Definition Argument – thebeard

If you have gone to a hockey game before then you know that a fight is one of the best things to happen, aside from your team winning. Fighting has been part of the NHL since the rules of the sport were first written in the 1800s. The “Original Six” era saw fighting established as an ordinary part of the NHL game according to Jamie Fitzpatrick in the article “History of Hockey Fights.” Throughout the years there have been many “goons” who have been the tough guys on teams. Teams such as the Philadelphia Flyers have used fighting and intimidation as core tactics during the 70s.

There are several different ways that fighting it still a good thing to have in the game. No one will ever question a player for defending a teammate and having to fight someone. This is in every sport not just hockey, teammates defend each other, it happens in baseball with dugouts emptying and full teams running at each other. It also happens in football when offensive linemen pull down defensive players for getting a late hit on their quarterback. Fighting is also a huge momentum shift in hockey, winning a fight can pump a team and the crowd.

 

Works Cited

Fitzpatrick, Jamie. “History of Hockey Fights” March 02, 2017.

Maggio, Andrew. “Top 10 Reasons Why the NHL Needs to Keep Fighting in the Game” November 20, 2014.

 

 

 

 

I know that this is late, I have been trying to turn it in but I simply did not know what to write. I could use some help on what more specific things I could argue. I want to argue that hockey should stay in the NHL and the sport in general but I do not know if I will be able to get to 3000 words just talking about that. I need help to find something that would be better like how fighting actually helps teams win with statistics and such. Just a thought I had but I would love some feedback on maybe this on possibly a new topic.

3 thoughts on “Definition Argument – thebeard”

  1. If I were writing on this topic, I’d start by examining the core purpose of any competitive sport, which is TO KNOCK YOUR OPPONENT OUT.

    While there are plenty of wonderful reasonable people who object to violence in sport (as in any other part of life), no sports fan would ever suggest “getting the fighting out of boxing.”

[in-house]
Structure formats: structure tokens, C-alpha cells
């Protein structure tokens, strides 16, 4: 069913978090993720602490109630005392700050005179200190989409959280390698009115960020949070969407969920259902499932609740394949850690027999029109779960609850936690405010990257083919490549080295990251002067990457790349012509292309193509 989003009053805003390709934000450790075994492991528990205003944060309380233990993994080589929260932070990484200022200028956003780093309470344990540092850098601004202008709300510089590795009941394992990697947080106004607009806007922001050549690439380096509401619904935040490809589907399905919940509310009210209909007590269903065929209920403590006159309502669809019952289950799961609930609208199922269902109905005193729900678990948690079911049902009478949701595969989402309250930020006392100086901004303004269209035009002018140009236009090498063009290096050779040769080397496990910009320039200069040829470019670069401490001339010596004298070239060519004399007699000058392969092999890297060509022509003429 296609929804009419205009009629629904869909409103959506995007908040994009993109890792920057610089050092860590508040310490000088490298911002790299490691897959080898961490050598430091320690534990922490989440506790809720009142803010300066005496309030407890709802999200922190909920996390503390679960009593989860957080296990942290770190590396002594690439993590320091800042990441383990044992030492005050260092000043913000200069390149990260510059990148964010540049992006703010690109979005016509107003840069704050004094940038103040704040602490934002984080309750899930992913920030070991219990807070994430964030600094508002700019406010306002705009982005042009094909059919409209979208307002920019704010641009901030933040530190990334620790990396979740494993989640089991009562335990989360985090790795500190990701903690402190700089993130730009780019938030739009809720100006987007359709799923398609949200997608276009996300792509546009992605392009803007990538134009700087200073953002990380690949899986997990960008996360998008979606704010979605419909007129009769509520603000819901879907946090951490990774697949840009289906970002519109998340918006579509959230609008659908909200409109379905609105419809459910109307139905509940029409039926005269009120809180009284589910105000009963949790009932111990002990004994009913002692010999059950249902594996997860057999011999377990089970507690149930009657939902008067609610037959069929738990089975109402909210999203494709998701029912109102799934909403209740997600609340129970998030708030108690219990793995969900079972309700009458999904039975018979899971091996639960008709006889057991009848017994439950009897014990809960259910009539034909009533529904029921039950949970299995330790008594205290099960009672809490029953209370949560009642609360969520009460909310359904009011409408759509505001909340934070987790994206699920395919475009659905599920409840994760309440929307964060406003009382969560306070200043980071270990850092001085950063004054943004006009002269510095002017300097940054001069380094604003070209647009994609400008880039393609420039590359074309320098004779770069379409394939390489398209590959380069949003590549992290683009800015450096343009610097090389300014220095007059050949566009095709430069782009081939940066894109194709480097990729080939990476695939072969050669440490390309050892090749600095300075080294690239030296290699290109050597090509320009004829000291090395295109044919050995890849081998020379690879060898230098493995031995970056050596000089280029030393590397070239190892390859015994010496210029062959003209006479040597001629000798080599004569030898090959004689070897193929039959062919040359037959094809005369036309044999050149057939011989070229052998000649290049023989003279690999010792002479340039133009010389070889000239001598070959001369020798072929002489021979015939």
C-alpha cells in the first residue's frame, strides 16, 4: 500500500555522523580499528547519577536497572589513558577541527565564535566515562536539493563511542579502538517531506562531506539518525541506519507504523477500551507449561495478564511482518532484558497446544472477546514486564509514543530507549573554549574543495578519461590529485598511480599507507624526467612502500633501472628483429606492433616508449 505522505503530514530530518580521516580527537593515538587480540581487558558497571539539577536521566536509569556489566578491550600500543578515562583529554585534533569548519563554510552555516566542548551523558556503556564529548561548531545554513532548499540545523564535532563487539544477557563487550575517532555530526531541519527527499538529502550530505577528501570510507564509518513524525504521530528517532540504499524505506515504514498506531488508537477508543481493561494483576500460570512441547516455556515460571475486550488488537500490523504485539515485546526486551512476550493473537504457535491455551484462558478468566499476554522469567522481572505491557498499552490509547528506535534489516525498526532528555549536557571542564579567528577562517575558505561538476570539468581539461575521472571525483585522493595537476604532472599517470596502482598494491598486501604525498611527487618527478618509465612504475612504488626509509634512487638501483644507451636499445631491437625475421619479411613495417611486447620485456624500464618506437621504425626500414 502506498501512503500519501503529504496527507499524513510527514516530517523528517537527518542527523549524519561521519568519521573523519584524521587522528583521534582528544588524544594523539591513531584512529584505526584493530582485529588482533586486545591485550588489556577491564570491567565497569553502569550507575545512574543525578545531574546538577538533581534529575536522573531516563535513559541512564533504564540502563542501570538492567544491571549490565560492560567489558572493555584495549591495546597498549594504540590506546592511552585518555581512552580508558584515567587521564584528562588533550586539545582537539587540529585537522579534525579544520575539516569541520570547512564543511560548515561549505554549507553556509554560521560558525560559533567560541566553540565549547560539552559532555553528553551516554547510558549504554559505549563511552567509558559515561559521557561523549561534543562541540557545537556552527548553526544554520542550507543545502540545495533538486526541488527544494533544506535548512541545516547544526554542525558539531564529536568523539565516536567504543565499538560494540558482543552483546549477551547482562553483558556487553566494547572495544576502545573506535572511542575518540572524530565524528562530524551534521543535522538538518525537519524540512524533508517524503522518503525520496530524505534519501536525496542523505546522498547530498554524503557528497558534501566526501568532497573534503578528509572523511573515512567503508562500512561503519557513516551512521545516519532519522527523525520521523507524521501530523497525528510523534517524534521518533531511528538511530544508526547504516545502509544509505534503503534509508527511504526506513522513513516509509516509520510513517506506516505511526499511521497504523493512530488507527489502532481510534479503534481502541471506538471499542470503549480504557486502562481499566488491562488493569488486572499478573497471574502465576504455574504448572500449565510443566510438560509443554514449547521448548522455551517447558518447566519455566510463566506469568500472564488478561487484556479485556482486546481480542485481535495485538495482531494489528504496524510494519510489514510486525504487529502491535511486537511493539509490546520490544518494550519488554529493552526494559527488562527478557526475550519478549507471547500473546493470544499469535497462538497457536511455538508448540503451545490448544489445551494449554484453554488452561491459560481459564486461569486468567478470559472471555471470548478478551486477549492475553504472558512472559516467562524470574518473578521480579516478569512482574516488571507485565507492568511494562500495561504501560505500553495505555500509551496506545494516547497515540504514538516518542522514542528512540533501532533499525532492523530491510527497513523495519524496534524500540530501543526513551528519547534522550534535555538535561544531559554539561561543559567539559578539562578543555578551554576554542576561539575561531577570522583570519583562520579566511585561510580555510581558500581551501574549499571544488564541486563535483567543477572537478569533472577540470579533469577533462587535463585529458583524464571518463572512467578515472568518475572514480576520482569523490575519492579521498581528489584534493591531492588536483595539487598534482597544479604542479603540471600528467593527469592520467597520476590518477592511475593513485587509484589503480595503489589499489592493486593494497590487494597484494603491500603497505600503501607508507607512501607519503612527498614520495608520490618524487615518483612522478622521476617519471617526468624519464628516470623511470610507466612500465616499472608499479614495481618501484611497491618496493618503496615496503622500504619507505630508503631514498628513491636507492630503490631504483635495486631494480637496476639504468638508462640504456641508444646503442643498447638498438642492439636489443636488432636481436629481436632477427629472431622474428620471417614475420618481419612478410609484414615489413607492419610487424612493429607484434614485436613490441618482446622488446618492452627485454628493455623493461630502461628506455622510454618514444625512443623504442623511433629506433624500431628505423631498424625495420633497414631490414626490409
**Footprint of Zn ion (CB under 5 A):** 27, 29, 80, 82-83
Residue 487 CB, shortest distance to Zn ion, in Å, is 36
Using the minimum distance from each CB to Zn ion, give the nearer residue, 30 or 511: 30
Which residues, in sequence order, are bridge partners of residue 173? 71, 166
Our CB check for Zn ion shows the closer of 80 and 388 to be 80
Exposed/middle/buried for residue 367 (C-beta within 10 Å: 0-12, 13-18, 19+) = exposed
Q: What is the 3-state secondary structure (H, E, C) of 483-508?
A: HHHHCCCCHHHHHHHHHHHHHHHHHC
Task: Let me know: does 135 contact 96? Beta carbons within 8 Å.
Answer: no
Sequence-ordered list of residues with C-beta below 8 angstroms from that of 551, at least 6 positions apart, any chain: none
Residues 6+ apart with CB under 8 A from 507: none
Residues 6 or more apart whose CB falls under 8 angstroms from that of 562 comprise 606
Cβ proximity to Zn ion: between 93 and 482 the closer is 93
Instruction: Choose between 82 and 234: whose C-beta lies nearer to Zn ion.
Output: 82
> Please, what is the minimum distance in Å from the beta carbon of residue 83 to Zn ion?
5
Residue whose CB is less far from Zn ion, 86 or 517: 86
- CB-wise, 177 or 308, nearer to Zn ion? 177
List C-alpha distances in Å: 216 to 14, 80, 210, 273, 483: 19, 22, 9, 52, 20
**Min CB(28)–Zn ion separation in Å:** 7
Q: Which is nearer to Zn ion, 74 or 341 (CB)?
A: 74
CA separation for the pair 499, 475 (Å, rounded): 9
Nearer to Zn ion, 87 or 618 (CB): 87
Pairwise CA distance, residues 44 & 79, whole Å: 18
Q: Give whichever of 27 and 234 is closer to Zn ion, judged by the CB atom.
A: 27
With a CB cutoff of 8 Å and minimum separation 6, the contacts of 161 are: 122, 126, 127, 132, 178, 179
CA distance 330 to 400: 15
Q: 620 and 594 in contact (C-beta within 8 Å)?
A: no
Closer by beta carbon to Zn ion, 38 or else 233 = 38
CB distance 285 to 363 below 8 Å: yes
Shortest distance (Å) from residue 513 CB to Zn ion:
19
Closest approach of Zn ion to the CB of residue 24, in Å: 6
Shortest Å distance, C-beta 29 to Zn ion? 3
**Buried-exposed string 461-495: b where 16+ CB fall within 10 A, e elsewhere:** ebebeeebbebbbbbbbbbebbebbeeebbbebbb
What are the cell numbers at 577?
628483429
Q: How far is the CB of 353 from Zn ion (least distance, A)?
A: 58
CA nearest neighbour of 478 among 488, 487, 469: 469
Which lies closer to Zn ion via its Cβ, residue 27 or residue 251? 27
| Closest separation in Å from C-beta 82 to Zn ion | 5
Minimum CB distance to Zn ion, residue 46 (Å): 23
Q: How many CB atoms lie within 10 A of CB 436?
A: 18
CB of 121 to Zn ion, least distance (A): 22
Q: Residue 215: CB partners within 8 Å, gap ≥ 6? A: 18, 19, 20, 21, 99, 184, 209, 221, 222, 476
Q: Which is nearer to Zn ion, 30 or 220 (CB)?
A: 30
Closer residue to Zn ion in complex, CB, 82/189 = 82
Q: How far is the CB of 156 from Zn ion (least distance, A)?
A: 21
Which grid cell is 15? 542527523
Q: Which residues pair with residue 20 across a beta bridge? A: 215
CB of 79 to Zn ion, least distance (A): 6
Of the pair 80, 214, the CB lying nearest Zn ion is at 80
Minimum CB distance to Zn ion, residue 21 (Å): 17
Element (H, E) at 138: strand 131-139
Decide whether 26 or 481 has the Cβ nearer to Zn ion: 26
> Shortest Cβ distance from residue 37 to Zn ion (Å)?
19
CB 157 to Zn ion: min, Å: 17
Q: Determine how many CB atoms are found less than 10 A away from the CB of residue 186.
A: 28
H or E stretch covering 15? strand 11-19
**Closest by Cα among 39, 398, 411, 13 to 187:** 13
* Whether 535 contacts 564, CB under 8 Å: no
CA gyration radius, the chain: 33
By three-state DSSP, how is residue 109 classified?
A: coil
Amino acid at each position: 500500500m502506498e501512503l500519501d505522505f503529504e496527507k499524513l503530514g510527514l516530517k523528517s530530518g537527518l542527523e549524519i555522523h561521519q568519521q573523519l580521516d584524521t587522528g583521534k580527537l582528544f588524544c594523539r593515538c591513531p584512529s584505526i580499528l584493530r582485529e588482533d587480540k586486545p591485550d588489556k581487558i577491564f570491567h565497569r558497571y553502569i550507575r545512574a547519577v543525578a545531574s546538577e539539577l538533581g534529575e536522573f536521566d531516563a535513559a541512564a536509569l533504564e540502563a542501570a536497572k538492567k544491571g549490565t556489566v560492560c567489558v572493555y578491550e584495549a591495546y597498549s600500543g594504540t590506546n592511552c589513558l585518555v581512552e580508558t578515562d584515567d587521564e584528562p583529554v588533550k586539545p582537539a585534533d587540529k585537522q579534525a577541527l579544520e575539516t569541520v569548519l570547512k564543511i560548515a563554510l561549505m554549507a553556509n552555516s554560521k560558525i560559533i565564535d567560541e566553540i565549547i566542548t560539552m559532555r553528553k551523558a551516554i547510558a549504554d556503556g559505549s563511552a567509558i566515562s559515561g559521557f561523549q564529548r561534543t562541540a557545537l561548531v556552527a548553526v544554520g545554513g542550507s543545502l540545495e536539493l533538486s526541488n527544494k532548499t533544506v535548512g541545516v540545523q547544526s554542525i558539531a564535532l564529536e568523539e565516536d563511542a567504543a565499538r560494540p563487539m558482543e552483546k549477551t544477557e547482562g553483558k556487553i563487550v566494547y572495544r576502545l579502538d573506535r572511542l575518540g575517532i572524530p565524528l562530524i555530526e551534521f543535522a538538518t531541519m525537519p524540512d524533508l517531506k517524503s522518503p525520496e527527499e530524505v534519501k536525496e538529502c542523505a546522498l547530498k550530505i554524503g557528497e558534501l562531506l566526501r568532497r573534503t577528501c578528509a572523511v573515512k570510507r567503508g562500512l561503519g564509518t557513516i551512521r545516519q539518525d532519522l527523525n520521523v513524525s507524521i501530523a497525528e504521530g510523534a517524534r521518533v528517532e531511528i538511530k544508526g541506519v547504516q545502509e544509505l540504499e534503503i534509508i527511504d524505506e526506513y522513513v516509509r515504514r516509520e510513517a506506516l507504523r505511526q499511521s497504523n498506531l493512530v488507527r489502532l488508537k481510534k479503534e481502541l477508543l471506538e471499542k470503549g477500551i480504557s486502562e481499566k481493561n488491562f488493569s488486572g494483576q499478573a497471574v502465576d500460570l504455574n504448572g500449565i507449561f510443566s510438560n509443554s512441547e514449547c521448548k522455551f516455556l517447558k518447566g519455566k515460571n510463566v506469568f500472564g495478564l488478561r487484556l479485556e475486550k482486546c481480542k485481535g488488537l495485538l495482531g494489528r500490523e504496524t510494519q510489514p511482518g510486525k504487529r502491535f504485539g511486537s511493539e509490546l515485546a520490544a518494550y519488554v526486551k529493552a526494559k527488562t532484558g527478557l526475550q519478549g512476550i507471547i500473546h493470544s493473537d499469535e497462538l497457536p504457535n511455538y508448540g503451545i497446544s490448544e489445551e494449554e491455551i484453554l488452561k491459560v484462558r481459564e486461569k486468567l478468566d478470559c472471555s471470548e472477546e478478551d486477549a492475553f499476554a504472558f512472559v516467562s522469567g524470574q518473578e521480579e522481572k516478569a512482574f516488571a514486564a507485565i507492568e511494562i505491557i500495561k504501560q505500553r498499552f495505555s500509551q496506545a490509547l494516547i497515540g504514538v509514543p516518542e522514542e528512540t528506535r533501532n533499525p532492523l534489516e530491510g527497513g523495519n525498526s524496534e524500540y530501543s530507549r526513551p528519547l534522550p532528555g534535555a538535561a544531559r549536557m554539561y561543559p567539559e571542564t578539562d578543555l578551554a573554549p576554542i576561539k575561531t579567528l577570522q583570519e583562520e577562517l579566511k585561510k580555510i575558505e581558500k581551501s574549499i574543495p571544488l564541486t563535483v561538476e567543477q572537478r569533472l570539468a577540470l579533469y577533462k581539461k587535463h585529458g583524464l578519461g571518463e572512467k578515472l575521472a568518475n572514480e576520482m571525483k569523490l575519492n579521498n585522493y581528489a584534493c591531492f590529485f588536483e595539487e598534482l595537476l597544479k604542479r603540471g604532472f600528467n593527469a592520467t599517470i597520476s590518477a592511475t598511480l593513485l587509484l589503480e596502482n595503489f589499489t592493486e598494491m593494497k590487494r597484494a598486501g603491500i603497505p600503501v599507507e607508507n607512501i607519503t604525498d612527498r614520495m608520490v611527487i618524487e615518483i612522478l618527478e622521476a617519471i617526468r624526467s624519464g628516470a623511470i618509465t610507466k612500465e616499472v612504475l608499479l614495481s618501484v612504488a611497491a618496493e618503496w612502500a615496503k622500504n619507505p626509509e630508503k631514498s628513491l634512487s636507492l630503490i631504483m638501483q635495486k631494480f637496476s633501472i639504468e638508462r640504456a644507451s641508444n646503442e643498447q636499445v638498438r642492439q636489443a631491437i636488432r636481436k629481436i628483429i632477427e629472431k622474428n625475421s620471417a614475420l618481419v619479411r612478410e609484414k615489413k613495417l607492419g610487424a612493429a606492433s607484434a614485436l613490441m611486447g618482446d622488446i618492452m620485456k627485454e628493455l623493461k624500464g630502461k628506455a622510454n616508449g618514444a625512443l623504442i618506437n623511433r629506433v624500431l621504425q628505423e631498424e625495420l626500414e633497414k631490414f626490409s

Reduced to its essence, the notion of removing physical intimidation, fear of injury, or rude physical contact from any sport seems quite ridiculous. Basketball has its fouls; so does football; but both encourage a lot of hard charging, “putting a body on,” physically manhandling any opponent within the boundaries of the rules. That hockey permits a few seconds of unbridled pounding of opponents on opponents only makes it a hybrid of several other sports, some more violent, some less.

    Advice for those who think hockey should cut out the fighting: watch soccer.

    Now, is there a 3000-word thesis worthy of investigating somewhere inside the topic of hockey fights? Sure there is. You haven’t found it because you think the only way to consider your topic is YES or NO. There should be fighting, or there shouldn’t. But a more thorough examination of a whole range of sports, all of which include some measure of physical contact or intimidation would yield a richer appreciation of the value of the briefly unbridled violence to this particular game. You don’t have to say it’s a GOOD thing that players get injured by fists thrown deliberately at their heads, but, for example, you could track the number of injuries that occur to players during the regular course of competition, and compare that to the number of injuries that occur during periods of fighting, and conclude that, surprisingly, players are SAFER DURING FIGHTS than at any other time during the game.

    That would be a fun conclusion to draw if it’s warranted. And beautifully counterintuitive.

    Anyway, I hope I got you thinking. I’d appreciate your reply.

    Like

    1. Thank you for the help, yes that did really get me thinking. I never thought about talking about the injuries in fighting vs. injures from normal playtime. The statement that you said about the advice for those who think hockey should cut out the fighting that they should watch soccer made me laugh. I am also more thinking about how to compare fighting in hockey compared to other sports that have hitting/fighting.

      Like

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